Nothing shows the separation of the OG (Old Guard, not Original Gangster) and New Guard (NG) way of software management than that phrase.
It is the “throw things against the wall” concept that sounds so free to those who want to throw things – without thought, without restrictions, without accountability – that attracts many individuals that are chaffing under strict management. The same phrase sounds dangerous and unproductive and upsets those strict managers – primarily because they envision all the work to clean up the mess. “How can you possibly get stuff done with everyone doing anything they want?” they ask. The OG view of this is reckless behavior.
Both are right – and both are wrong. It is not just selection bias kicking in where each party picks what they want to hear, and while it may be different for consumer oriented software versus commercially oriented software, the argument still rages equally.
A New Guard developer wants to just build what they think they should build – it is the restriction by management that stops them from being creative and market changing ideas are snuffed out. Stuck in planning meetings is a waste of time – get out of my way and let me build!!
On the other side a Manager’s worst mistakes in the past is wasted time. In trying to get a long list of things to the market, discipline and efficiency is often the overriding goal. Efficiency means less waste and it is a dependence on highly likely outcomes that makes Managers play safe all the time. Rather than sound like something silly happened on their watch, they don’t let anything remotely silly even start.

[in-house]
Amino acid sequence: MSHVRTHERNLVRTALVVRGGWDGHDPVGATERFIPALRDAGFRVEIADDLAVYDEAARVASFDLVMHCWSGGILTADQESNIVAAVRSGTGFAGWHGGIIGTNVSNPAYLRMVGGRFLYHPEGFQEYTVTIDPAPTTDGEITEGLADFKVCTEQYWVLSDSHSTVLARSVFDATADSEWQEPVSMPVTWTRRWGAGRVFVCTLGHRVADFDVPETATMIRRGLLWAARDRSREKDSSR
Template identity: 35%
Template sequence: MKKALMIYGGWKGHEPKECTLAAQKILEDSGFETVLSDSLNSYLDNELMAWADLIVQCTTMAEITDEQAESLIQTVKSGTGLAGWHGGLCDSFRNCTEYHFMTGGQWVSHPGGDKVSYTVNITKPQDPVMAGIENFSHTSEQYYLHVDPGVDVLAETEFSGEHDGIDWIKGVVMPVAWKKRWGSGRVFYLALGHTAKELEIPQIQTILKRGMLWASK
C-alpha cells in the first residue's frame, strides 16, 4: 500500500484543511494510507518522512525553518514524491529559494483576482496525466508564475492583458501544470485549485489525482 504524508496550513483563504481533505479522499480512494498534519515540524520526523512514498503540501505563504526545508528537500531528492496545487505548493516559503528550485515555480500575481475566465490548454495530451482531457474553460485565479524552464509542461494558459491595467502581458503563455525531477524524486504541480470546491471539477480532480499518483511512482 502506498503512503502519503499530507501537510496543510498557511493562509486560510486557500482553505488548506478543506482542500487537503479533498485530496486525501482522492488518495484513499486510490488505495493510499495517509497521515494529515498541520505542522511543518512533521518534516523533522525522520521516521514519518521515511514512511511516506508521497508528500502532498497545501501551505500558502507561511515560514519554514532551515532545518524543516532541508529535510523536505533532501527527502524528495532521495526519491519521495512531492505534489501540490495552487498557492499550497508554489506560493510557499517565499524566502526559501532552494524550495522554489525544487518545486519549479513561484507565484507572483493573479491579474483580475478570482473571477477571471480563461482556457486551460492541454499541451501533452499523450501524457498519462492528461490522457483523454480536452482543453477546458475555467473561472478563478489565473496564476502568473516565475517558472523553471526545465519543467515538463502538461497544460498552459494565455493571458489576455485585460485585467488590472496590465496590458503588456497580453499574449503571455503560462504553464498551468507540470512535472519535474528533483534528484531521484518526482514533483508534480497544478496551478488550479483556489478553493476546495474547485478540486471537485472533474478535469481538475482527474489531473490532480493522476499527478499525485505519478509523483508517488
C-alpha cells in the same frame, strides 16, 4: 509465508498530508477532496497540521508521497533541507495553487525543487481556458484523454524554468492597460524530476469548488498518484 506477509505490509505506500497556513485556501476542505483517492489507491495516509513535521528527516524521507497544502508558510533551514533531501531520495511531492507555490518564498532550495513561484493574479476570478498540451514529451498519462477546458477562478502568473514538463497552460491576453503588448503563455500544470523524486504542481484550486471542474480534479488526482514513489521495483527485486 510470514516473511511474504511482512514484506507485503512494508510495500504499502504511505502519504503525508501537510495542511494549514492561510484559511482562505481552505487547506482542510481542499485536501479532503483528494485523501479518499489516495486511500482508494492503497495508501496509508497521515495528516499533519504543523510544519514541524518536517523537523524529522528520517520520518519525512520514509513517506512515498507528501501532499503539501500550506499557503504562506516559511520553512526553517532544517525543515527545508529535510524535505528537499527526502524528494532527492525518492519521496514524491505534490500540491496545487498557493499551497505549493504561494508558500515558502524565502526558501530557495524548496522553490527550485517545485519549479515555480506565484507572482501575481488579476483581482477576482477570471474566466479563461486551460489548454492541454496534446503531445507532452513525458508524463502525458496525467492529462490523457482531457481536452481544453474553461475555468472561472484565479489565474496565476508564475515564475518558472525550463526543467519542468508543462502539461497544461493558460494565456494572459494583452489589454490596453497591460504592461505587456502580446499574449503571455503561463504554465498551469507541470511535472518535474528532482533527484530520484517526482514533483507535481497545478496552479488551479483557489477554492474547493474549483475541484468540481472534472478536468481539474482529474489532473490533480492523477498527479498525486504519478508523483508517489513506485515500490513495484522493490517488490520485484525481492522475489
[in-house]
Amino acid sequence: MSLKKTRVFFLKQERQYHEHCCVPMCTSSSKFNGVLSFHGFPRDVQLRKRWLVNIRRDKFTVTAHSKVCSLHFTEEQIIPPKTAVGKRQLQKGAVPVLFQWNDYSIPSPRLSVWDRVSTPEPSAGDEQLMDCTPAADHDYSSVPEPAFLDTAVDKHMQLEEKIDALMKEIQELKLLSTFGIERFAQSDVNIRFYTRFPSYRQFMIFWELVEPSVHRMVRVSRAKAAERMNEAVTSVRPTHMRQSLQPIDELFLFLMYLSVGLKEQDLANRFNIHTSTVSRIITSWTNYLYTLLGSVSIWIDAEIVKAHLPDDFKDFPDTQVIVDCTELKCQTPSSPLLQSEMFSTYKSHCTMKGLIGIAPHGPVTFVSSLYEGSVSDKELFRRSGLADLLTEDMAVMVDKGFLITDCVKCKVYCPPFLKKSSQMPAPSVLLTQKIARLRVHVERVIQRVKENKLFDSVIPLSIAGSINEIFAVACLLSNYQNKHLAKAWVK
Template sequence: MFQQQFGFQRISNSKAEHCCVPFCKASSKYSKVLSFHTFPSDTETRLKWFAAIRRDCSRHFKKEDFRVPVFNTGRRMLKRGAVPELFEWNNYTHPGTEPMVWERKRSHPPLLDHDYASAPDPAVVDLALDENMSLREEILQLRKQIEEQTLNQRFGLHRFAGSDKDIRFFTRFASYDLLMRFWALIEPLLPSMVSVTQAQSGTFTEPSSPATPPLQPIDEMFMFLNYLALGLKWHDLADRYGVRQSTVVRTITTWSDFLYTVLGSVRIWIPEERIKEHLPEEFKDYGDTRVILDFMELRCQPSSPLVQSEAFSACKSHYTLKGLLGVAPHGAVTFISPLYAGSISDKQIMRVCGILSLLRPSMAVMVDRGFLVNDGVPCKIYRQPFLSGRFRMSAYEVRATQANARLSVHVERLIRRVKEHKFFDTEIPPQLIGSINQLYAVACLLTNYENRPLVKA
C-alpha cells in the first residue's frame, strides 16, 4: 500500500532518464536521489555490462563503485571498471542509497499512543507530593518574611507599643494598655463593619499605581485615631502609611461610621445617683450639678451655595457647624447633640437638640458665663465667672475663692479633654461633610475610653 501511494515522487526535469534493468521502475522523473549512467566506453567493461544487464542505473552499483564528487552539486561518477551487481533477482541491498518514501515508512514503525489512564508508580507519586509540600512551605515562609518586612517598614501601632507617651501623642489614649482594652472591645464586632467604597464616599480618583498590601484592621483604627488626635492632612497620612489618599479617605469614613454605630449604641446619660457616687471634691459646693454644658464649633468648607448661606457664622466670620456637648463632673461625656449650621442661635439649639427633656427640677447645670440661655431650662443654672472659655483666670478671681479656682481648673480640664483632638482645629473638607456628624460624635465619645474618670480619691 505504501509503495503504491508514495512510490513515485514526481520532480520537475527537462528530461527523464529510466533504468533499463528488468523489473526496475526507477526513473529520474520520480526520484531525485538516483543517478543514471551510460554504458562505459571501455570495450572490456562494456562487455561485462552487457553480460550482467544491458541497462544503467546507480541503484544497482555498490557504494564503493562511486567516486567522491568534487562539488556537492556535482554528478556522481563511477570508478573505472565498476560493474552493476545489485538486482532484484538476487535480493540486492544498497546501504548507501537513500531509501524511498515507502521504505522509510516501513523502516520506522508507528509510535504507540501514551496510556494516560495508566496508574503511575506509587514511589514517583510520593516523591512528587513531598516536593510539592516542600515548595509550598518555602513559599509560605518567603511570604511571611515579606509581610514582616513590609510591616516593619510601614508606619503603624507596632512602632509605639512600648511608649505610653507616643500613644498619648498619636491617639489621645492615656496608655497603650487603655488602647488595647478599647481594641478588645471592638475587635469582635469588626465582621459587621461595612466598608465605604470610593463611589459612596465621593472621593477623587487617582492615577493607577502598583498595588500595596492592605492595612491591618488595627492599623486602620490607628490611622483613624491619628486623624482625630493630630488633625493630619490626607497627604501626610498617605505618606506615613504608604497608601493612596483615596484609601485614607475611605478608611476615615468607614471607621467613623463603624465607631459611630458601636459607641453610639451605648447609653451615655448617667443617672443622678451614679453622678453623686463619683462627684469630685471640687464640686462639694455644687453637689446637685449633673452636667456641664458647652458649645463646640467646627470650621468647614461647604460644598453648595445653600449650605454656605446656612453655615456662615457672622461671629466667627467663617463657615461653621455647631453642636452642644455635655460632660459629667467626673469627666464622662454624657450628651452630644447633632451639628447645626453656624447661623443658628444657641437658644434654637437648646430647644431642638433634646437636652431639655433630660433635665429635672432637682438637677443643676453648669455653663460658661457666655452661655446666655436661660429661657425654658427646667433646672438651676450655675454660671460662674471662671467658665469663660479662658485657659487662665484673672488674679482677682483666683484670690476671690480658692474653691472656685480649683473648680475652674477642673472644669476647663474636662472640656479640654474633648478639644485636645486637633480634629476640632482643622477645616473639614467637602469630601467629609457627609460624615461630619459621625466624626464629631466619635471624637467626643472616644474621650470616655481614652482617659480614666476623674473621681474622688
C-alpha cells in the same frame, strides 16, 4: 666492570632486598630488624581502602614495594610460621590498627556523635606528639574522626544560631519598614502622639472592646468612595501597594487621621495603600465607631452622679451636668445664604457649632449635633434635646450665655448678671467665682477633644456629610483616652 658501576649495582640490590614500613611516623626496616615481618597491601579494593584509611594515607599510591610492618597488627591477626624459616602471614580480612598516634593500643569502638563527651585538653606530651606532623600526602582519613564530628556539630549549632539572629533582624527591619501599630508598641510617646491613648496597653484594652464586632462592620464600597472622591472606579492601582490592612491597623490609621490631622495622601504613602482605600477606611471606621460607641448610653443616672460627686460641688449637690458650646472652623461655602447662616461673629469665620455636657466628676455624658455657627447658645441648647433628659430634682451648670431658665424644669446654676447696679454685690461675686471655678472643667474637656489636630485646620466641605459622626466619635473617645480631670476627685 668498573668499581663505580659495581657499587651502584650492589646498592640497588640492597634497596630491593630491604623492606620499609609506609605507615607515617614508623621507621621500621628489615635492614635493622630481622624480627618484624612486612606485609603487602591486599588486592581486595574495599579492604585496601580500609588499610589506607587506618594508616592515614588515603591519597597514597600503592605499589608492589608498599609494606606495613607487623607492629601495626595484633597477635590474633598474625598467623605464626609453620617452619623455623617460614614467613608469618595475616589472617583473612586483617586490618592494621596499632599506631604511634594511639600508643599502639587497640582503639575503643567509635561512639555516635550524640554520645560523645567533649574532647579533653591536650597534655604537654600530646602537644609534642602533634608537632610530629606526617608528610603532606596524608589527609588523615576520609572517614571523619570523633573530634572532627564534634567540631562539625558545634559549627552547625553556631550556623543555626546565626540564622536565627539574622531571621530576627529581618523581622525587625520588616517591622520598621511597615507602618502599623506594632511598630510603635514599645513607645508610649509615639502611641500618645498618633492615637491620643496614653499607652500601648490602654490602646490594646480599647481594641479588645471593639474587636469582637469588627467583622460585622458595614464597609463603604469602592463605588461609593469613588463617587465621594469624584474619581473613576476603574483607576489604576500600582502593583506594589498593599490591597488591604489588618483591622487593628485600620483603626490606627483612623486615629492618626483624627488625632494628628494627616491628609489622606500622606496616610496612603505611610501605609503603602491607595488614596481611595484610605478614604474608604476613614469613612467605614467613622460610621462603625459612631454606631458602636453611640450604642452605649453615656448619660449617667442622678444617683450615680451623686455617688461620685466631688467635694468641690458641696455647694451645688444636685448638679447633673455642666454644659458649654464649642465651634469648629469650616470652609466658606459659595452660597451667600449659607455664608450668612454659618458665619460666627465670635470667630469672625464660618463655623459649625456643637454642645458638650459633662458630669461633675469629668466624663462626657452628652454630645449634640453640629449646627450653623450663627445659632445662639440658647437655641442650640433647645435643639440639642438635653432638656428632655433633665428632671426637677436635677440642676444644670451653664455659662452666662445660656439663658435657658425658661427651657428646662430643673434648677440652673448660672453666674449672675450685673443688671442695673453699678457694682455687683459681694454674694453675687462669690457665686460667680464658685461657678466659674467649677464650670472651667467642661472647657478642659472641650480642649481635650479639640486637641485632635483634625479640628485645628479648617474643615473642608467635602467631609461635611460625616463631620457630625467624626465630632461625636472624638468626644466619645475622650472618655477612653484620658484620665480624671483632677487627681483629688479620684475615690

The balance is somewhere in the middle. More freedom needs to be provided for the ideation and initial versions, but control and filters need to be applied when you really start to involve a large amount of resources. In this sense, they are both right.
Try something small and stop as soon as it does not seem to have future success. How to define what future success? Focus on a client related objective and have an expected outcome. You see – you can move fast and break things, but only if you start by writing down what you thought was the result you were looking for.
When a new creative approach to a solution for a client had an outcome that is very similar to what they already have and are happy with – the result is still a failure. If the objective is not met, it is not worth investing in further and the effort should be stopped.
But this is where the key mistake often comes in – if you did not write down what your original objective was, it is so easy to claim success if you can redefine what you were trying to do. You need to hold true to that original objective to properly reflect if you learned something. Even if that means you are now clearly wrong.
Without that reflection, you are just throwing things against the wall for fun – that is more a pastime, not a profession. Without that reflection you are wasting resources and allowing yourself to restate what your objective was after the fact to claim success. Without that reflection you really don’t learn. Without that reflection it is really hard for someone to tell the Boss that they are redefining the objective so that they can say they were right.
As a manager, you need to create the environment where the creatives are able to understand the client’s core challenges and then are free to come up with many alternatives to a solution – but we need to ensure that the solution actually is to the client’s benefit. We are not an Educational Institution doing pure research. We are trying to help our clients run their business and we need to provide tools they can use.
It is up to the manager to shape the environment so the objective is clear. Then allow lots and lots of small tests. Tests so short that they feel like they are over before they start. Tests that test only one thing at a time. If you are not taking many small fast steps you are doing it wrong. Here is where you ensure that when you start to put more resources on the chosen new solution, you are already going in the right direction and have confidence in that decision.
Moving fast is key, you learn at the pace you practice. But there is a reason Facebook changed their motto away from “Move fast and break things”. The key is quality product that helps our clients – but we all need to find the right balance between the old and the new – more chaos as the beginning and a lot of planning to deliver it with quality in the end.